It can seem, these days, that no self build or renovation is complete without a swathe of glazing somewhere in its design. And for good reason — who wouldn’t want the option of opening up their home to the great outdoors when the sun shines, adding what effectively becomes another living space, and to flooding their interiors with natural light?
But bi-folds can be quite an investment — and a confusing one at that. There is a huge choice of materials, glazing options, operating systems and optional extras to be taken into consideration, and knowing which one offers best value for money and will work with the design of your home – both in practical and visual terms – can feel a bit like a gamble.
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Which is better for bi-fold doors: timber or aluminium?
Timber bi-folds are beautiful and certainly a fantastic option for those creating a traditional-style home or adding them to a period property. However, do be careful when choosing between the different timber options. Engineered timbers are ideal as they have more dimensional stability than solid timber doors. Although softwood engineered products are available, which are cheaper than hardwood, some of the lower-end models can still be prone to warping over time when exposed to heat and moisture, meaning they will stick in their frames or won’t close.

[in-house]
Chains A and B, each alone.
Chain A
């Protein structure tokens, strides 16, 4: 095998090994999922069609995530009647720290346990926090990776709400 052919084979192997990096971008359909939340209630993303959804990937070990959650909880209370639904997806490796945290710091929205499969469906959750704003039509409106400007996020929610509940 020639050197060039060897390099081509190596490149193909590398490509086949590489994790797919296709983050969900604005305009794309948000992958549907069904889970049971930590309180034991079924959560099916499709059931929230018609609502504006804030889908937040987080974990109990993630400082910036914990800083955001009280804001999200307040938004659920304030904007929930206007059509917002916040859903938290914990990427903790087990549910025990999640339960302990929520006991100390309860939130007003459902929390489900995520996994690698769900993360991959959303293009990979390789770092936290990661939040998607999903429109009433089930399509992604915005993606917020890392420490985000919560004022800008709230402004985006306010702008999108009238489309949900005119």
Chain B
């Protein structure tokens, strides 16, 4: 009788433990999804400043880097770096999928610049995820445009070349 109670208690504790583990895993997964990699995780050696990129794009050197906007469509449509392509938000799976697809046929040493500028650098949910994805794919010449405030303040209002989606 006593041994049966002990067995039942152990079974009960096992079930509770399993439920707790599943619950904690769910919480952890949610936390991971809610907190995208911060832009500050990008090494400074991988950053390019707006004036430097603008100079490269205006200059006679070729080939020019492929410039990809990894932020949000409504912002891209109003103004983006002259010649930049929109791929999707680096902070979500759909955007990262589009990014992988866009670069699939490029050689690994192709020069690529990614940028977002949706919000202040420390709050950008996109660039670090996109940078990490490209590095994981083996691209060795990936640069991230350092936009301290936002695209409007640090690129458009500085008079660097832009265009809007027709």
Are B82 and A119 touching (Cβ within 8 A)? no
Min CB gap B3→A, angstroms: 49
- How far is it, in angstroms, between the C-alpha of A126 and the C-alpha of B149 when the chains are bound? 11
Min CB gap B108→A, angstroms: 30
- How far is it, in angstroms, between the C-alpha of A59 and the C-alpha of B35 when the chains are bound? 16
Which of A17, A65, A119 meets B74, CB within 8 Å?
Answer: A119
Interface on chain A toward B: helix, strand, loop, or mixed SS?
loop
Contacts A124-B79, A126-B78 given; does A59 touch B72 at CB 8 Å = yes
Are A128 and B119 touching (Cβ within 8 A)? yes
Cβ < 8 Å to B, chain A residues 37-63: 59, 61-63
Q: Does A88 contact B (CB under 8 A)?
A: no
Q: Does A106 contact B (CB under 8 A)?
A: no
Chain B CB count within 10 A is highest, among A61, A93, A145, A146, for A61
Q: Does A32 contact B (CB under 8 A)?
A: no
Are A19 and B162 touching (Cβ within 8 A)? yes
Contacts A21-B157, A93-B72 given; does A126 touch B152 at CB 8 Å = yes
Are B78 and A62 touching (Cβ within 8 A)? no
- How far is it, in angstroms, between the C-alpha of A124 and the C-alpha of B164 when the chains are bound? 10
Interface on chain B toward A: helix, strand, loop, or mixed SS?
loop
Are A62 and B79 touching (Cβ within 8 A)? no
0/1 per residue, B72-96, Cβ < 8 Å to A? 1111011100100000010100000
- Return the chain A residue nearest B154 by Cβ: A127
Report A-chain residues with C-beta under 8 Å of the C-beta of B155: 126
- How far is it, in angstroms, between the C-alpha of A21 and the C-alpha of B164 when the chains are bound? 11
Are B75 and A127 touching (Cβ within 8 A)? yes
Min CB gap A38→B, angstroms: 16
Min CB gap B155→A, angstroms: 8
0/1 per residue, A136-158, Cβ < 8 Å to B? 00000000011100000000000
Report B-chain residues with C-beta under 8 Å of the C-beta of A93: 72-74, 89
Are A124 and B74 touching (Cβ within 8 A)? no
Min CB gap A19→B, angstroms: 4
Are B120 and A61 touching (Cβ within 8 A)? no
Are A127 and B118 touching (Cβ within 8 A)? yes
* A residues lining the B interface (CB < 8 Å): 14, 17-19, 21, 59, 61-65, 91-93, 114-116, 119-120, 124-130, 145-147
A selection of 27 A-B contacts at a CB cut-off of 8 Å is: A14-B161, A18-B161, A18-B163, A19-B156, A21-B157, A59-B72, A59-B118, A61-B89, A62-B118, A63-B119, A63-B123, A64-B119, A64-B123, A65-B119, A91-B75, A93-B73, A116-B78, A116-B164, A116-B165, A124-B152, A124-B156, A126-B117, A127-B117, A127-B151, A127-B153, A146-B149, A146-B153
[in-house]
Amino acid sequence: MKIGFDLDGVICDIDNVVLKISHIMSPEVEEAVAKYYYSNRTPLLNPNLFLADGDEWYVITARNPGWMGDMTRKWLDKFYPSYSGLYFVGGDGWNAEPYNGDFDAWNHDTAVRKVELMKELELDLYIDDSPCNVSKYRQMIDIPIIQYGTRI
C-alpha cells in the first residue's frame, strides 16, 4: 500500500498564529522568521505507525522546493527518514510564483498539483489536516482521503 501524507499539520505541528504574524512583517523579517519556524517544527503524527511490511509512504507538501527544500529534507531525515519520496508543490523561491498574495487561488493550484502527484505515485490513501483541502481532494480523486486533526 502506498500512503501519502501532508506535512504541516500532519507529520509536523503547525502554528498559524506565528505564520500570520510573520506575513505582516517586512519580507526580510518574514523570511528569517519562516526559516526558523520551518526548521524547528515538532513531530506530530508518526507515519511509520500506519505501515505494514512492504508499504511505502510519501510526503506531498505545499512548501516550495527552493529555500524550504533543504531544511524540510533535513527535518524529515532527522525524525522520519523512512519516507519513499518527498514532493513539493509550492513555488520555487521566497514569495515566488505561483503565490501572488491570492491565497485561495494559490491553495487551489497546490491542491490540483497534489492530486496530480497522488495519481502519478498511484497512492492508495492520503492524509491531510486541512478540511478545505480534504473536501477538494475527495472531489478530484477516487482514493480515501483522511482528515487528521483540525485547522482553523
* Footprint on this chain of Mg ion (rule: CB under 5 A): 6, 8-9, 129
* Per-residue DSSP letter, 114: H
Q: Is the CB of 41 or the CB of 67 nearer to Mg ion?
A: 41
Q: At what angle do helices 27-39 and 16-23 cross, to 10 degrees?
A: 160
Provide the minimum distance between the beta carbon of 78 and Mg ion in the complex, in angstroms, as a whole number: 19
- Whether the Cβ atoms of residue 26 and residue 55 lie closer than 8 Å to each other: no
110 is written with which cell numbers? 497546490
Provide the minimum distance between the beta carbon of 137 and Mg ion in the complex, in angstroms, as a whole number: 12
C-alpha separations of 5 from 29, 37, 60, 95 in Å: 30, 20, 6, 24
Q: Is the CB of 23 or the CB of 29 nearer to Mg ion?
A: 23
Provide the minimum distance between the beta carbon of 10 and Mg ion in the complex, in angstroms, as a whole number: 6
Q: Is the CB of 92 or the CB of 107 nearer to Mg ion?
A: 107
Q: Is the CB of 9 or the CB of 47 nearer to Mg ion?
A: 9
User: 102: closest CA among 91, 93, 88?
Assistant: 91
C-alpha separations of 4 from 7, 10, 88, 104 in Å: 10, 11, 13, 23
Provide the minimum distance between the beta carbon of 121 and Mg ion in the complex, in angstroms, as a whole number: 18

“Bi-fold doors made from wood give a traditional appearance as well as having the natural beauty of a living material. The downside is that they require regular painting or varnishing to maintain their appearance. Typically, wooden doors provide the best thermal insulation, though,” advises Peter Watkins, General Manager of Centor Europe.
“Aluminium does have the distinct advantage of slimmer sightlines and a powder-coated finish, which will never have to be re-coated,” adds Matt Higgs, Sales Director at Kloeber. “Aluminium bi-fold door panels can be made wider than timber doors so can sometimes be more cost-effective due to needing fewer doors within the frame.”
How much will they really cost?
As with all window and door products, this varies hugely on size, material and quality.
“For a standard height door you should expect to pay around £1,200 per linear metre of overall frame width for a good-quality, well-engineered system with a good spec of glass and ironmongery,” says Matt Higgs of Kloeber.
You will also need to factor in VAT and installation costs to the total price, and possibly delivery. Some companies will ask for a deposit on ordering, with the full amount payable on installation or delivery. A three-panel door like the one above might typically cost in the region of £4,000-£5,000.
“A bi-fold door has many aspects as well as price that should be considered before making a choice. It is important to look closely at a company’s history, warranties and the general quality of the products. Ask about adjustment; aluminium expands and contracts with climactic change — can the system cope with this movement? Never buy a bi-fold without seeing it first; there’s no substitution for seeing and operating the product for yourself,” warns Matt Higgs.
How big (or small) can I go?
“Hardware systems have maximum individual panel weight, width and height restrictions,” says Peter Watkins of Centor. “Panel weight is affected by the size and type of glazing used. Standard aluminium panels can be double or triple glazed, 1,000mm wide and 2,800m high, while wooden doors can go higher, with specialist systems up to 4,000mm high and 1,100m wide. You can have up to 16 panels in one frame depending on the accuracy of manufacture and tolerance.”